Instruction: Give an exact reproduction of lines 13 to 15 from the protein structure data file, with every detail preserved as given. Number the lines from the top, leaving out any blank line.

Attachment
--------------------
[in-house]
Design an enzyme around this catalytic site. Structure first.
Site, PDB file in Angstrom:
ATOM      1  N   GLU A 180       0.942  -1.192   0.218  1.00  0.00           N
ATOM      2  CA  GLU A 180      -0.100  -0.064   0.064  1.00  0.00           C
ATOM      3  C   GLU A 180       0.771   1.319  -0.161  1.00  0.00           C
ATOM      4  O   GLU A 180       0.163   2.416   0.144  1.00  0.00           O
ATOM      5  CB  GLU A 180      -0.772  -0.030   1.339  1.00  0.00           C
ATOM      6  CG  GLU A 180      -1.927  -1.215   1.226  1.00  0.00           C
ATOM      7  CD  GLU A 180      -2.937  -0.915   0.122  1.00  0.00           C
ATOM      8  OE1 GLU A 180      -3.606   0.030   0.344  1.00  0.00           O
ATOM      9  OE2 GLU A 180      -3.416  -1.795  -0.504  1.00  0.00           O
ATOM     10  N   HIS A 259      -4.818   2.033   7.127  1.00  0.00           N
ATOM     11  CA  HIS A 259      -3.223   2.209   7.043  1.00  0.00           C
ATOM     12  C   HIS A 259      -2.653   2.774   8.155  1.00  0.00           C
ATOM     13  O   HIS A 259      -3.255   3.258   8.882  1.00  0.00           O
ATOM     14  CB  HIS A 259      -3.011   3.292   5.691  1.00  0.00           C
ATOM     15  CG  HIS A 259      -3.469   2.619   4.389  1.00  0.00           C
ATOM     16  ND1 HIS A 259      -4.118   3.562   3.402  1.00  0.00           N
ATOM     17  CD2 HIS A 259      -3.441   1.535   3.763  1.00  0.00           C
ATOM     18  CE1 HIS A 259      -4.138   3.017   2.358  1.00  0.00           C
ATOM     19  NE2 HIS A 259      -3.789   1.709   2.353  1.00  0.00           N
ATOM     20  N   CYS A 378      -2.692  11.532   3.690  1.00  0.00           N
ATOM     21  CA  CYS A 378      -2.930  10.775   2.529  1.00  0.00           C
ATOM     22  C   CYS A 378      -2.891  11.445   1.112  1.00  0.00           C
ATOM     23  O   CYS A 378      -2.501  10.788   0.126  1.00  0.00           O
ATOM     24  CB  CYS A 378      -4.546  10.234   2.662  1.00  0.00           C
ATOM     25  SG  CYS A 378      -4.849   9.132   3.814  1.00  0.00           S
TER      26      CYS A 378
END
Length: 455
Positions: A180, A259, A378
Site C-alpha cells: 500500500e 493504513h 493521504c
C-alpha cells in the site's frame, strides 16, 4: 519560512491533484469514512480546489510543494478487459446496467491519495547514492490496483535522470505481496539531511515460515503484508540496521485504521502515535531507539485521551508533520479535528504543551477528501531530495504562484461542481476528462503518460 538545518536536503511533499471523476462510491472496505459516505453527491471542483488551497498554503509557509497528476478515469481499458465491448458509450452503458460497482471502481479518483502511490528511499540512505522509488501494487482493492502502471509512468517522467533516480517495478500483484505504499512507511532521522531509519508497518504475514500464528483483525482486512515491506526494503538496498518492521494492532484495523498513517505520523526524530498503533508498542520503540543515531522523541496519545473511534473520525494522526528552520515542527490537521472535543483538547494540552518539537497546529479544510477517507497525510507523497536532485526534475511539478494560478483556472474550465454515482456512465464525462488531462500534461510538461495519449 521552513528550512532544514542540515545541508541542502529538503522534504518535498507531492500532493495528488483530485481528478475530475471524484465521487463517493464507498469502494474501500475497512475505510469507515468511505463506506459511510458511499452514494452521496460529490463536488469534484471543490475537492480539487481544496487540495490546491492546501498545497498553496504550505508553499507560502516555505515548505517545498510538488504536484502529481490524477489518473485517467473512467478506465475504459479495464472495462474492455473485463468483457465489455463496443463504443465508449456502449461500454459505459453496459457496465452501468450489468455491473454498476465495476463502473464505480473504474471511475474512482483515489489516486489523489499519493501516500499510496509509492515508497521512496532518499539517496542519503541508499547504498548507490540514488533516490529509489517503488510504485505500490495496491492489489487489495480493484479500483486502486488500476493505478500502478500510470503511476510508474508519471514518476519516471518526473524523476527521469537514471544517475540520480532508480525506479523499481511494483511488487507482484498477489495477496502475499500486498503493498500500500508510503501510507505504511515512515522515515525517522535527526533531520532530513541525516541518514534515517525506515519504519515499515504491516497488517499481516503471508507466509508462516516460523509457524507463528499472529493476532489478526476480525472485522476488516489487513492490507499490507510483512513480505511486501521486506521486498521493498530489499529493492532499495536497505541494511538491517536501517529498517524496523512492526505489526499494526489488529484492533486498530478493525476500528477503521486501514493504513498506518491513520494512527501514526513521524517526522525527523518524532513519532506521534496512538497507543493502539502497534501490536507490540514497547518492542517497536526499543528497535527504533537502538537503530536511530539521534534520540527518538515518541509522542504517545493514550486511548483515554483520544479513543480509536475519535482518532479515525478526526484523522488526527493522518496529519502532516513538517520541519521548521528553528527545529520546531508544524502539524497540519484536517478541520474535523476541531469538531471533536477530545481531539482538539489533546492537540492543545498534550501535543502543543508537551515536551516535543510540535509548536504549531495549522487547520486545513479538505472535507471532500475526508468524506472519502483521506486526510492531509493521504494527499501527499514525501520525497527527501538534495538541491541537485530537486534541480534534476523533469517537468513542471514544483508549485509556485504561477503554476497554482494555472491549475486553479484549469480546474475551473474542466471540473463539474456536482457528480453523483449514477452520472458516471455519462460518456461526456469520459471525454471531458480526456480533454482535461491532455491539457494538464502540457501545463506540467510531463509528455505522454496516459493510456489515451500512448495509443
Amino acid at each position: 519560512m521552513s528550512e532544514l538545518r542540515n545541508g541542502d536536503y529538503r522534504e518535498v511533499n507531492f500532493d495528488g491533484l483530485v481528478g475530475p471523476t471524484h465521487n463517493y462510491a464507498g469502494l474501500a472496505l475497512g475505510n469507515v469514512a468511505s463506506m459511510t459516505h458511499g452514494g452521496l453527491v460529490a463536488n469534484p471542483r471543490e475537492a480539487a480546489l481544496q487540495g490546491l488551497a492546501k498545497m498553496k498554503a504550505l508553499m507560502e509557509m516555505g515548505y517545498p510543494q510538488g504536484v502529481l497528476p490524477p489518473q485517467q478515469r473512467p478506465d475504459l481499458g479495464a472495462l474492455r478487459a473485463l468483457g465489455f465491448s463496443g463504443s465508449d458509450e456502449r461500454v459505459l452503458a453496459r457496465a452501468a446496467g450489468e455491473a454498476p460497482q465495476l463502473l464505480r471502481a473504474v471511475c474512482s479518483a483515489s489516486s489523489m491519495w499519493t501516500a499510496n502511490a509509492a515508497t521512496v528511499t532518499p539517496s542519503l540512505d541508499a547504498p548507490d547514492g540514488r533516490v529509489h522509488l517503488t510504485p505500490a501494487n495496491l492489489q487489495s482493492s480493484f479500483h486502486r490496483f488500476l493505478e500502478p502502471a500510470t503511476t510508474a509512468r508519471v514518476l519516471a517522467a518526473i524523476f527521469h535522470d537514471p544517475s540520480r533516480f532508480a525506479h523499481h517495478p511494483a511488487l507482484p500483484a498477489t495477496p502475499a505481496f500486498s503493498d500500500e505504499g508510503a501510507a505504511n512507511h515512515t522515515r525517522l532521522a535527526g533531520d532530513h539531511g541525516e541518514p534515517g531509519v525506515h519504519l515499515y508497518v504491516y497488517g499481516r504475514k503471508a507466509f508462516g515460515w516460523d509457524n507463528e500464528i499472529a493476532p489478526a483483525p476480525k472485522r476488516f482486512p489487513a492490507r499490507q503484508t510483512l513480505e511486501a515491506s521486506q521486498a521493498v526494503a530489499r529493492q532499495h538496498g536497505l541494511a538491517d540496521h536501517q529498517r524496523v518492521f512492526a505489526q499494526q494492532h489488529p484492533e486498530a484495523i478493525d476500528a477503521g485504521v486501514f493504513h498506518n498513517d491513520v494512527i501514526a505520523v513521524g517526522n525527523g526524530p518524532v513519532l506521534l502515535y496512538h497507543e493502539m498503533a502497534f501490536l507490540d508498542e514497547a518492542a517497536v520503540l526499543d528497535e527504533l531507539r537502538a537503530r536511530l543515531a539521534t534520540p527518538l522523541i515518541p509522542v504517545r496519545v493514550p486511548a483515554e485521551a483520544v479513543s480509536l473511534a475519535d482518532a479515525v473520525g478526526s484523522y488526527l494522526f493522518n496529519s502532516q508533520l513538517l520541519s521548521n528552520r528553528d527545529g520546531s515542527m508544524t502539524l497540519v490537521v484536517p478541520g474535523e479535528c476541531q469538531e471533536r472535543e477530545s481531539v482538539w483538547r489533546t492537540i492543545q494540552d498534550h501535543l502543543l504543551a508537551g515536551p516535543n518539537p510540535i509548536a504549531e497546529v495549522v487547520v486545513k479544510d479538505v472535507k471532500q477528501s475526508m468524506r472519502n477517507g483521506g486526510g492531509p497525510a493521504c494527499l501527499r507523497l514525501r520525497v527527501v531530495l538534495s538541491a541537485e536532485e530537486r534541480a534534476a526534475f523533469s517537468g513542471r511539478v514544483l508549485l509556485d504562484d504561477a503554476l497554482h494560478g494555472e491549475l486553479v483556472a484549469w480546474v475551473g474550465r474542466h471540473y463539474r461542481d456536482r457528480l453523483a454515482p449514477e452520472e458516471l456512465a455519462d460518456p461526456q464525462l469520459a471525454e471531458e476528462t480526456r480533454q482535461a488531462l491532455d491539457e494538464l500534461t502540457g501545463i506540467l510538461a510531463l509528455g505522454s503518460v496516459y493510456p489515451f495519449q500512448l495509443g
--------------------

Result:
ATOM     10  N   HIS A 259      -4.818   2.033   7.127  1.00  0.00           N
ATOM     11  CA  HIS A 259      -3.223   2.209   7.043  1.00  0.00           C
ATOM     12  C   HIS A 259      -2.653   2.774   8.155  1.00  0.00           C